“how the dream ends” appears in Issue 42

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Thinking about how this poem came to be is an especially pleasurable task because of the way that the question and the title of the poem seem to be speaking to each other: the title who wonders how the dream ends and the question who wonders how the poem comes. I’m glad for the chance to dust off my notebooks and return to early traces of this poem, first scribbled in my “September 2021—November 2021” notebook.  

I bring up the notebooks because they are the bread of my writing process. I tend to gather and accumulate material and then go back to it to make poems. Often I’ll write in paragraphs and long sentences and lists and fragments. I record the weather (inner & outer), the sounds I hear, the images around me. Then I assemble, pulling scraps from here, collaging, shaping. Probably the most important piece of all this is that I love to write in a long stream first thing in the morning, reaching for the pen even before I’ve left my bed. Jean Valentine once said something beautiful about writing very early before one is truly awake, from inside the gauzy dreamworld where language is still strange. Where our minds are submerged in the water of dreams. You know how you can dream up stuff that you could never think of in your linear awake-mind? It happens to me all the time—bits of language, memories, surreal combinations of people and places in my life. There is a capaciousness to dreaming that makes the impossible possible.

I’m also often thinking (and talking) about Fanny Howe’s notion of bewilderment as a poetics and an ethics. She says a bunch of amazing things in that essay, noting the “roundness of dreaming” where many things can be true at once. To me that is essentially the work of poems, too, especially as someone with my set of identities. Queer. Diasporic. Multilingual and peripatetic. Mixed up. The need of poems for me—or at least one of the needs— is for nonlinear narratives of simultaneity and in betweenness, where time and place can interact outside of the chronological order of things. This also makes me think so much of the word constellational, a word that lives beside the immense work and wonder of Aracelis Girmay. How constellational seems to gather us and connect our many points. How it also makes of us a sky, a night of stars.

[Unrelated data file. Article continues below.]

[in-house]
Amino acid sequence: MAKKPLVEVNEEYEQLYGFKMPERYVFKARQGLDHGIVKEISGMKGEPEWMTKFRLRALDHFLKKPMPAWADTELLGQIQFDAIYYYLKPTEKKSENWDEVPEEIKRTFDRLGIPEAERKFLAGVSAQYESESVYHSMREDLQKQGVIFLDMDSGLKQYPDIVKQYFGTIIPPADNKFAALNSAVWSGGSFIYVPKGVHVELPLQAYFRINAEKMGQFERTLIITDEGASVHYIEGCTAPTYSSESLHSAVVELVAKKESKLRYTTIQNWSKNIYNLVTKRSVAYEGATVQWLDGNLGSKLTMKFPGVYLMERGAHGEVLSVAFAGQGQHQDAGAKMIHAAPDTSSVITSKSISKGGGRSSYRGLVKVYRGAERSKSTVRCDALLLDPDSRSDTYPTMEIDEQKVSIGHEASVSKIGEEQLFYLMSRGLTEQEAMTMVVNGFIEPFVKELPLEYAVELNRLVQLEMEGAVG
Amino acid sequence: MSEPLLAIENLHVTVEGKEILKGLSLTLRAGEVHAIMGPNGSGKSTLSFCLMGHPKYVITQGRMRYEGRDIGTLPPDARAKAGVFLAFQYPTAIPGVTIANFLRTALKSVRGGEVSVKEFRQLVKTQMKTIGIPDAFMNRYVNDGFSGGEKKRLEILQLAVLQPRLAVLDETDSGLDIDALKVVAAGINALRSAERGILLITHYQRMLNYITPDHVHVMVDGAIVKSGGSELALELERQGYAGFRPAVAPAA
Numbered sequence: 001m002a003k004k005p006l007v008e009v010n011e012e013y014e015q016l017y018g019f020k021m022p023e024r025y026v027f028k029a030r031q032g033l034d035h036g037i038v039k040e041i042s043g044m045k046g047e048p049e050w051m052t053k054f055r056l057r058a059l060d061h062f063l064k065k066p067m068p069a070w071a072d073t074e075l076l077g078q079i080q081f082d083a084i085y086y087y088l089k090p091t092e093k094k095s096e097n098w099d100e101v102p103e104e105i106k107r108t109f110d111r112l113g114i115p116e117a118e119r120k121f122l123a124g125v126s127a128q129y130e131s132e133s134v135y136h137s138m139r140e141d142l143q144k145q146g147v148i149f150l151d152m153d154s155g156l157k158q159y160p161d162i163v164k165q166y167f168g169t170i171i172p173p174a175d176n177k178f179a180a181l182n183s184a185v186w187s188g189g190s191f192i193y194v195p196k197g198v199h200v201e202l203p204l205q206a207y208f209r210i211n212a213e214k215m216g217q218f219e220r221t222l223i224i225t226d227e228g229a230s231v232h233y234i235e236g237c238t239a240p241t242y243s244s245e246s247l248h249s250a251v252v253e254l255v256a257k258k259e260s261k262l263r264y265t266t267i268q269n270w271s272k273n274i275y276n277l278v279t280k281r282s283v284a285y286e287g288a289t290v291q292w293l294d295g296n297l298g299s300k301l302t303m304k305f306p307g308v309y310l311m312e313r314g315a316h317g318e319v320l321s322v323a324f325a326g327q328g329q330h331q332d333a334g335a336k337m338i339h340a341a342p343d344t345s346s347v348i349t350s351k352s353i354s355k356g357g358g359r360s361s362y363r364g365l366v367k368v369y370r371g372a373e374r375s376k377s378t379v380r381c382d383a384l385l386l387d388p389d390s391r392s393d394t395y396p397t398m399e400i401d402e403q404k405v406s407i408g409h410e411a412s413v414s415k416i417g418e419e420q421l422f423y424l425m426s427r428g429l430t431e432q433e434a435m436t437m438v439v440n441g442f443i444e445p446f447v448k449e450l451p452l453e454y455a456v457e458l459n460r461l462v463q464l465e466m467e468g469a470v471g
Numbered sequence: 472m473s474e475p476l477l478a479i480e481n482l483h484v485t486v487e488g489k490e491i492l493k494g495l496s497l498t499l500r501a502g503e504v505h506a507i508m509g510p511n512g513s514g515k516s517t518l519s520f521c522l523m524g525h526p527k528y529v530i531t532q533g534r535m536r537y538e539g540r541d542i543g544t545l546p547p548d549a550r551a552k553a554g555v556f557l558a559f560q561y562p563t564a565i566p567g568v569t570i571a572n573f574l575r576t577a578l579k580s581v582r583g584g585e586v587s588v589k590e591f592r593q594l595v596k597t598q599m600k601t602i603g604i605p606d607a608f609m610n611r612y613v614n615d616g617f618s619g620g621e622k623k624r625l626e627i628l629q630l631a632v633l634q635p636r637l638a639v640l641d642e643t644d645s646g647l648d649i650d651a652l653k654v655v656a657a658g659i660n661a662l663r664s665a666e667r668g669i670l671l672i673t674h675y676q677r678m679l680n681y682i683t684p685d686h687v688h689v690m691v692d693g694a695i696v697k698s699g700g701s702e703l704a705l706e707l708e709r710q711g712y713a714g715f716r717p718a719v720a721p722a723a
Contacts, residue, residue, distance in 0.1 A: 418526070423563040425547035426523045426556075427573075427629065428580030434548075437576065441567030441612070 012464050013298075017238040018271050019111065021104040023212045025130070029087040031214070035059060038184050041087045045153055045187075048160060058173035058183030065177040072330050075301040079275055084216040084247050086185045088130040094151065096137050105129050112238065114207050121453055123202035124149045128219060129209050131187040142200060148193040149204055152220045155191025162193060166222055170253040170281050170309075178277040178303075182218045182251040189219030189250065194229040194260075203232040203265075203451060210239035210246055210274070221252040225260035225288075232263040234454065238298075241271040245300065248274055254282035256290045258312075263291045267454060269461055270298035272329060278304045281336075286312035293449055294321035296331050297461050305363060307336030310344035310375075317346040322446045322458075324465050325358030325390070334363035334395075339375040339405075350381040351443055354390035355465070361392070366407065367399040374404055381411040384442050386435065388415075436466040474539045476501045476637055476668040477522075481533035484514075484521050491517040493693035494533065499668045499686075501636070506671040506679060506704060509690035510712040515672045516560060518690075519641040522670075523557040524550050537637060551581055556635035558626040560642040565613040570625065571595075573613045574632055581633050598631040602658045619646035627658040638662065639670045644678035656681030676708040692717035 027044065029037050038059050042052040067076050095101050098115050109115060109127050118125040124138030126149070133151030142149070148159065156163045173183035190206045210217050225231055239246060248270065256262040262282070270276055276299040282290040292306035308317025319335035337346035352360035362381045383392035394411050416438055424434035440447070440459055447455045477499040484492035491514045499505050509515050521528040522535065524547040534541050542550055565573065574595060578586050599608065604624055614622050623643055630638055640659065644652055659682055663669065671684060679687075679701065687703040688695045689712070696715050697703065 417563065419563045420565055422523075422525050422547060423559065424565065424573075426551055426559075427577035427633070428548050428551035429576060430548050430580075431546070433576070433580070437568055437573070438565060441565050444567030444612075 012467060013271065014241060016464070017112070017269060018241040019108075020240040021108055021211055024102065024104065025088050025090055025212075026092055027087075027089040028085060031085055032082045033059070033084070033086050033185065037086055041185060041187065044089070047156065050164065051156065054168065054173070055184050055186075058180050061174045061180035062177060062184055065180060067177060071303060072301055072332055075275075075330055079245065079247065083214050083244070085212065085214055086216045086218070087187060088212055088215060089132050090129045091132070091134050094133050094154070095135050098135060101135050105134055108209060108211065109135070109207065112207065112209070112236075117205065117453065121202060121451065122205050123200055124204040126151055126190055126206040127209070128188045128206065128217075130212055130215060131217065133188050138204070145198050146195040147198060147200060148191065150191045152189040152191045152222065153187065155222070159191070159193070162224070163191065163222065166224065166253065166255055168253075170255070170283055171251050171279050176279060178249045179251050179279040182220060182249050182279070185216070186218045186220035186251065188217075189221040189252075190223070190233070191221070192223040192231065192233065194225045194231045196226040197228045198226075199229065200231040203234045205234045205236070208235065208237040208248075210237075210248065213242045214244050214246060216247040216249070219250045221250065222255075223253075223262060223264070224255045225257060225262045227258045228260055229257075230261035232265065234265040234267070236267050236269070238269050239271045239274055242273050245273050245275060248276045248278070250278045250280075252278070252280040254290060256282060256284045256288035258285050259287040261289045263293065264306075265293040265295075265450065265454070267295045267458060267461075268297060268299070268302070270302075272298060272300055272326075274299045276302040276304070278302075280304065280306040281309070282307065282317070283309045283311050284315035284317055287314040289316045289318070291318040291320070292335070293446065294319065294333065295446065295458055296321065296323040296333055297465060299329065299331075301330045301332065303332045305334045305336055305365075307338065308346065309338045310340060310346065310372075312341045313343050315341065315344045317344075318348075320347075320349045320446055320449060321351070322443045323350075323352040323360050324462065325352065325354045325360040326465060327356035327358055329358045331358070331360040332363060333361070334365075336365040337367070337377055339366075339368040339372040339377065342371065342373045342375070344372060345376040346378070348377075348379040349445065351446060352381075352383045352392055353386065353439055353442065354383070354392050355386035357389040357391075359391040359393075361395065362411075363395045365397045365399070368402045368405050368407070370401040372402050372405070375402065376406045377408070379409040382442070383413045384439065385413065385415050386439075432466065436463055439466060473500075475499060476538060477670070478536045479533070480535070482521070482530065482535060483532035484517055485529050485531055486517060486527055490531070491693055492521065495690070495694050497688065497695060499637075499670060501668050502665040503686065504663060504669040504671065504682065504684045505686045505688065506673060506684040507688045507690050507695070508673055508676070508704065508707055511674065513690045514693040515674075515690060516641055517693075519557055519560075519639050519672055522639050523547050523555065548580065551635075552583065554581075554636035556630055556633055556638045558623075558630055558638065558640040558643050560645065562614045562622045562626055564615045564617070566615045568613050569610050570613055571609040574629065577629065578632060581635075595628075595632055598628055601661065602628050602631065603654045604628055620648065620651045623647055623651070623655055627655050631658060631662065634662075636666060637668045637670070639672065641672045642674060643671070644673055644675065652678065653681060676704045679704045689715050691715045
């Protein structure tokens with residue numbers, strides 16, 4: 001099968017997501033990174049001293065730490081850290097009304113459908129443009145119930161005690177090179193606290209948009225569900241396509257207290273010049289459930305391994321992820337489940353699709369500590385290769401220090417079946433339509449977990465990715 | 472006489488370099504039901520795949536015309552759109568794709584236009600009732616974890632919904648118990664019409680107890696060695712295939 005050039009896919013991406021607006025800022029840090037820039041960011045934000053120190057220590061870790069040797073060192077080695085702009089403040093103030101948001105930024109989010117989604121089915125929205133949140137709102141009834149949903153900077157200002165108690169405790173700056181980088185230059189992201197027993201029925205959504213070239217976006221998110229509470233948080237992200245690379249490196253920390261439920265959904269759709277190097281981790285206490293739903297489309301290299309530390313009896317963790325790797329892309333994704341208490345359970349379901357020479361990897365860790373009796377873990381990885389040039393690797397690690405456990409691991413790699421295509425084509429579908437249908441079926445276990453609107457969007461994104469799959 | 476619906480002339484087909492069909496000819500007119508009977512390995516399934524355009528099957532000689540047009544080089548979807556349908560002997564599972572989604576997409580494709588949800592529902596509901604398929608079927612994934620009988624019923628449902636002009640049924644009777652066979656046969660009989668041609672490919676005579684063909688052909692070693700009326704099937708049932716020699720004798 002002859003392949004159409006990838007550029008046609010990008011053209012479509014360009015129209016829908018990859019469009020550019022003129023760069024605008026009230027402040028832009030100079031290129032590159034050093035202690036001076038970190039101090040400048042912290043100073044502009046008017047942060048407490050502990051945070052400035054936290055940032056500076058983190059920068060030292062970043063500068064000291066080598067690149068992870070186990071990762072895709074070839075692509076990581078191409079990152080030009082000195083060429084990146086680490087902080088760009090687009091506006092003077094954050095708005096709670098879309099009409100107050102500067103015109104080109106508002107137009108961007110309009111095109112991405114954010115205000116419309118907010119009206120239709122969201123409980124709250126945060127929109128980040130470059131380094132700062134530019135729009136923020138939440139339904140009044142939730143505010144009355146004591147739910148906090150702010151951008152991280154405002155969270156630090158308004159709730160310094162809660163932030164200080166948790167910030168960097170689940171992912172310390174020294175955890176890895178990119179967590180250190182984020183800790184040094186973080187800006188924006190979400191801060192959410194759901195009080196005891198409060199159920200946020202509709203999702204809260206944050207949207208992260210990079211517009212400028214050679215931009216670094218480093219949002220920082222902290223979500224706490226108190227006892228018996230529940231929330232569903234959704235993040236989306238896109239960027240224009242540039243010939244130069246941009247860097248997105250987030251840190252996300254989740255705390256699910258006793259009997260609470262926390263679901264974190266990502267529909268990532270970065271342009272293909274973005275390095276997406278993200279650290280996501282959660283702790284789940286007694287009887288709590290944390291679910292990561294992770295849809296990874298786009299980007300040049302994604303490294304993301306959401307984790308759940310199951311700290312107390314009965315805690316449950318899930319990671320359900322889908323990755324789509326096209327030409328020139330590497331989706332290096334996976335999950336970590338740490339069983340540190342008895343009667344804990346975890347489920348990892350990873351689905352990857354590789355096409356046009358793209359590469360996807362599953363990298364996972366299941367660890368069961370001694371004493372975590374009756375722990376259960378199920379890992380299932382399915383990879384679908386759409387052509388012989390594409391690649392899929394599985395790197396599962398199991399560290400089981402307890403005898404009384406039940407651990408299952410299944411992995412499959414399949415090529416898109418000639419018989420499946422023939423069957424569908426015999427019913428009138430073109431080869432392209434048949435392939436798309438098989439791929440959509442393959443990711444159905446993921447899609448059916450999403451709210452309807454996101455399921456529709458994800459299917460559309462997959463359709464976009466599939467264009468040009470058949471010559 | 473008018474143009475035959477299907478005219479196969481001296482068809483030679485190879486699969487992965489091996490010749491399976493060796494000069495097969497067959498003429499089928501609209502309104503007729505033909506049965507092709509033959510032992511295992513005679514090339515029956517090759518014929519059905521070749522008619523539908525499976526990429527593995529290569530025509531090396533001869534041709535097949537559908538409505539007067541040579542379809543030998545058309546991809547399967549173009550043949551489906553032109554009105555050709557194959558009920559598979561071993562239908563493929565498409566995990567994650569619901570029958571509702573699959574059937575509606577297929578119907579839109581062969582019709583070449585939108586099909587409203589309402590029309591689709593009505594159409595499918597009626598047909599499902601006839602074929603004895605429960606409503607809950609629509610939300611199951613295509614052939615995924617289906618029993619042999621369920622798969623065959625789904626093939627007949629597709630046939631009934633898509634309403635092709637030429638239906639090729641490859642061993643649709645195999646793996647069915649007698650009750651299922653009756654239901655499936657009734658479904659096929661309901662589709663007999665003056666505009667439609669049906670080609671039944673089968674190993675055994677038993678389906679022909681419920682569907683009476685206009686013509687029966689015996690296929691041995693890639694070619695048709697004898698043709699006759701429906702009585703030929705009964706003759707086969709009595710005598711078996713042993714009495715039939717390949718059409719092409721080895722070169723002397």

Those are a lot of sentences that are helping me get to this next thought, which is that how the dream ends emerged from dreaming, which is to say it emerged from the work my mind and body were doing after I returned to a very old place, a place with deep roots in my origin story. The poem was happening while I slept, trying to work something out about what it means to go back, to both belong and unbelong, to never quite be resolved/fixed in place. To dwell in connection to earth, to carry love stories that are also wounds, to shoulder younger selves, separation from our mothers, and hunger, and loneliness. So much desire and searching in the poem. 

One other thing I’ll say is that the poem’s syntax made room for a lot of the leaps and connections that appear in how the dream ends. This seems important to notice in terms of how the poem came into being, one thing arriving after the next. I love how the syntax is like a hand outstretched: one thing helps remember the other, bringing elements and objects together like metaphors. Once this, now this. This land with that land. Today with back then. This donkey with one from long ago. The poem branches outward but stays rooted around various impulses: to remember what it was to be me (cue Joan Didion), to try to understand what is multidirectional, to reassure, to be unable to know how something will end and to practice living there.

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Janan Alexandra

Janan Alexandra is a Lebanese American poet and educator. She recently joined the English Department at The Hotchkiss School where she teaches literature and creative writing to young folks. Janan’s work has received support from the Fulbright program, the Martha’s Vineyard Institute for Creative Writing, the Provincetown Fine Arts Work Center, and the Bucknell Seminar for Younger Poets. You can read her poems in Beloit Poetry Journal, Ploughshares, Gulf Coast, Mizna, and elsewhere online and in print. In addition to writing and teaching, Janan plays fiddle in a folk duo called Sweet May Dews. Website: www.jananalexandra.com Instagram: @laptitevaliserouge

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